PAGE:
ParkMobile Contact:
Jeff Perkins, CMO, jeff.perkins@parkmobile.io

Member News: What Automatic Access Control Systems Can do for Car Parks in This New Reality

Quercus Tech ACS


May 21, 2020

Interaction is natural and it is an inherent need of every human being. Nevertheless, latest technologies lead to avoiding human contact and simplifying lives thanks to automation. This path to the future based on avoiding interaction has been accelerated by the Covid19 situation. Considering the trend of increasing use of private transport, now it’s the best time for parking. More than ever it is mandatory to decrease or eliminate the physical contact points inside the premises.


How can LPR cameras like Quercus Technologies’ help prevent the virus spread at entries and exits of a car park? Quite simple. The less we poke around, the less chances for it to spread

In everyday life drivers who park in a car park have to interact with different devices in the process. It seems unavoidable to use things such as ticket dispensers, payment machines, cash or vouchers… And it’s been confirmed that the virus can stand on surfaces for long.

The major issue lies with the use of the ticket dispensers at the entry and exit; the best option to avoid this contact point is to simply go in and out without using a ticket. Technology built in SmartLPR Access cameras integrated with access control systems allows to automate entries and exits of the parking facilities. When drivers arrive at the parking premises, their vehicle’s license plate is recognized and registered and the barrier rises up automatically. This ticketless feature is widely used for car park monthly subscribers because it grants them a “hands free” access; bear in mind that this can also be used when creating registration lists for employees or regular customers with benefits.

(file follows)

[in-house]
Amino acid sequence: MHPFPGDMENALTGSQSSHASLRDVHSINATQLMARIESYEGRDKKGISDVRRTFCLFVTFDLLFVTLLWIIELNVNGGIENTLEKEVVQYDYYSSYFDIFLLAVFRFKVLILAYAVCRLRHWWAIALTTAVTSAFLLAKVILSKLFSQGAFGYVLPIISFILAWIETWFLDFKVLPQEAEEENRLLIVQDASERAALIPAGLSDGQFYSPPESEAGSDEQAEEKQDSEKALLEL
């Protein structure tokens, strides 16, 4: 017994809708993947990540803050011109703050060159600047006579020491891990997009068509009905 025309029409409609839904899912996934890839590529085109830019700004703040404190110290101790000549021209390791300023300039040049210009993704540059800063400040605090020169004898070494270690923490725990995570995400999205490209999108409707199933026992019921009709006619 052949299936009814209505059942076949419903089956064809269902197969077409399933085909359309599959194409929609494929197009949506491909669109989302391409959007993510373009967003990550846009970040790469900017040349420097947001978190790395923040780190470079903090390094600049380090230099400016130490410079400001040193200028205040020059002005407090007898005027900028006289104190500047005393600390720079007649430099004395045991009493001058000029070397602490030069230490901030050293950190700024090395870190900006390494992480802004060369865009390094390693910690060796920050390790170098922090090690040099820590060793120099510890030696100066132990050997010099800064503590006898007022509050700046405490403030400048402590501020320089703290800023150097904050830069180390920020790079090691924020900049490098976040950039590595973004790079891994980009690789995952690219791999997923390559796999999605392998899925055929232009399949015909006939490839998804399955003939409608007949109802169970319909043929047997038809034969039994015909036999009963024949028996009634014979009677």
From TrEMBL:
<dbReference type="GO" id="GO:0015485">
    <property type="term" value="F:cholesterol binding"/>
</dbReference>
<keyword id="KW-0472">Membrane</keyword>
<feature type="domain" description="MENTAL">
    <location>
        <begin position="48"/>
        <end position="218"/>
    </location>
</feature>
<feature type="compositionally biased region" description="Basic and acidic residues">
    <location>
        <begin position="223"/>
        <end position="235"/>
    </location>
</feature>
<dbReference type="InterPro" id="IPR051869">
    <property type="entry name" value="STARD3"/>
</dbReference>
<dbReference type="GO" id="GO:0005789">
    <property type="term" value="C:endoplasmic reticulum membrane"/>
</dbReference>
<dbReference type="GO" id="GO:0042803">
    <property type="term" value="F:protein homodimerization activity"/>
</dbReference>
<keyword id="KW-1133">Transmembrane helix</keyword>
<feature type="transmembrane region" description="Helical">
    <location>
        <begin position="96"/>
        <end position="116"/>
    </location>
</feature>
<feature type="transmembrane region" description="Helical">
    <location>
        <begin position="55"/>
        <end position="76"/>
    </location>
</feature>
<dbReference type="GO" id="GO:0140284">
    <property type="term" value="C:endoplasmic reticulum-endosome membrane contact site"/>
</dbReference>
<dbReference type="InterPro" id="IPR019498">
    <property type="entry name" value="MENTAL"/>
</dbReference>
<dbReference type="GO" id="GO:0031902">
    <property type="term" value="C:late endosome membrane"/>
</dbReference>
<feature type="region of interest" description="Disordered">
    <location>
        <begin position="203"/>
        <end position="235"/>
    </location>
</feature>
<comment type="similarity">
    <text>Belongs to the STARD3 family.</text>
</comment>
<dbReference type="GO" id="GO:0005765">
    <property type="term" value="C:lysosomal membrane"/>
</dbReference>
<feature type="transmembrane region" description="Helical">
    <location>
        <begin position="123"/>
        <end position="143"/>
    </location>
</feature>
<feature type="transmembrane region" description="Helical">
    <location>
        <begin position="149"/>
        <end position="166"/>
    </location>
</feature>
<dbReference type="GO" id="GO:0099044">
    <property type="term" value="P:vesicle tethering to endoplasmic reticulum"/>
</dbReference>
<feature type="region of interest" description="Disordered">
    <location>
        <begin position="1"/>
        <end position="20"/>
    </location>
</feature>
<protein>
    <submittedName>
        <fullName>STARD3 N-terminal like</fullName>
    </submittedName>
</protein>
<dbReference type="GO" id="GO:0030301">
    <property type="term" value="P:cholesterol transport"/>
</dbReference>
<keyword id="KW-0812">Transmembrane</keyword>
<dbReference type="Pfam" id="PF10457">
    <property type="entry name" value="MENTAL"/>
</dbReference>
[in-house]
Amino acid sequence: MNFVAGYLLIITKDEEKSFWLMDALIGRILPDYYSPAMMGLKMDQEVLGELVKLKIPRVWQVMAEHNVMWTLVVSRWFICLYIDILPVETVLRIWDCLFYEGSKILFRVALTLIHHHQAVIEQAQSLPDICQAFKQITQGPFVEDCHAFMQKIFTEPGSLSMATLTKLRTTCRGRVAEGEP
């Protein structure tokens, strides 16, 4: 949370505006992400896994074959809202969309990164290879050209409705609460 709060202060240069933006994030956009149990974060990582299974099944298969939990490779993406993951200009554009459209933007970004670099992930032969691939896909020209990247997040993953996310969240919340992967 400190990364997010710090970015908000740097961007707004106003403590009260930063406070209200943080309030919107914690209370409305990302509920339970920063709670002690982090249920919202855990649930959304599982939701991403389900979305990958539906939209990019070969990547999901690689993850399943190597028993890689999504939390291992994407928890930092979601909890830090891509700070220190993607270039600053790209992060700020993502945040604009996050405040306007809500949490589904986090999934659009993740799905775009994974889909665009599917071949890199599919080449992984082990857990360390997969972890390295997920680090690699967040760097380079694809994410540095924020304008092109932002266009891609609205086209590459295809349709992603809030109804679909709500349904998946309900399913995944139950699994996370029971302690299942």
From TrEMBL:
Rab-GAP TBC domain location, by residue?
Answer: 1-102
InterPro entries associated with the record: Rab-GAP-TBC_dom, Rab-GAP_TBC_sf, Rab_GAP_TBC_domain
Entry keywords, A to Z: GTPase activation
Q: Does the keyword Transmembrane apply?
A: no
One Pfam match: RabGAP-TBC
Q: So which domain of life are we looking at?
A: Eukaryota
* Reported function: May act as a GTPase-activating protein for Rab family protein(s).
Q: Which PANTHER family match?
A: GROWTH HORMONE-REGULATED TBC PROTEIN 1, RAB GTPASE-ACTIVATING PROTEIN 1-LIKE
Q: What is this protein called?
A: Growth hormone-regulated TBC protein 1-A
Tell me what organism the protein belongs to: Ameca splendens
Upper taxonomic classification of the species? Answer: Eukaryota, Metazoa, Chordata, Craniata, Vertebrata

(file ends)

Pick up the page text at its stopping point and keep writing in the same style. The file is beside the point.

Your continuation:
If prepaid ticketless operation is not available, another physical interaction will be held at the payment stations. Don’t worry though, there are options that will allow you to minimize this such as using QR codes that make paper tickets readable at short distance away from the payment device. QR codes combined with the fact that most of the patrons will likely use a credit card will reduce the amount of user input.

Quercus Technologies ACS

To facilitate the previous process even more, some banks have taken the temporary measure to increase the contactless payment security limits. This will ensure that most of your daily parking fees can be paid without entering PIN and therefore making the payment a zero contact process.

Otherwise, if you want to avoid cash or credit payments altogether you can opt to integrate the LPR cameras and Access Control System into a mobile app. By using a mobile platform parkers will use their devices to pay using their licence plate or a pre-registered account as identification. This way they will be paying without touching any local device.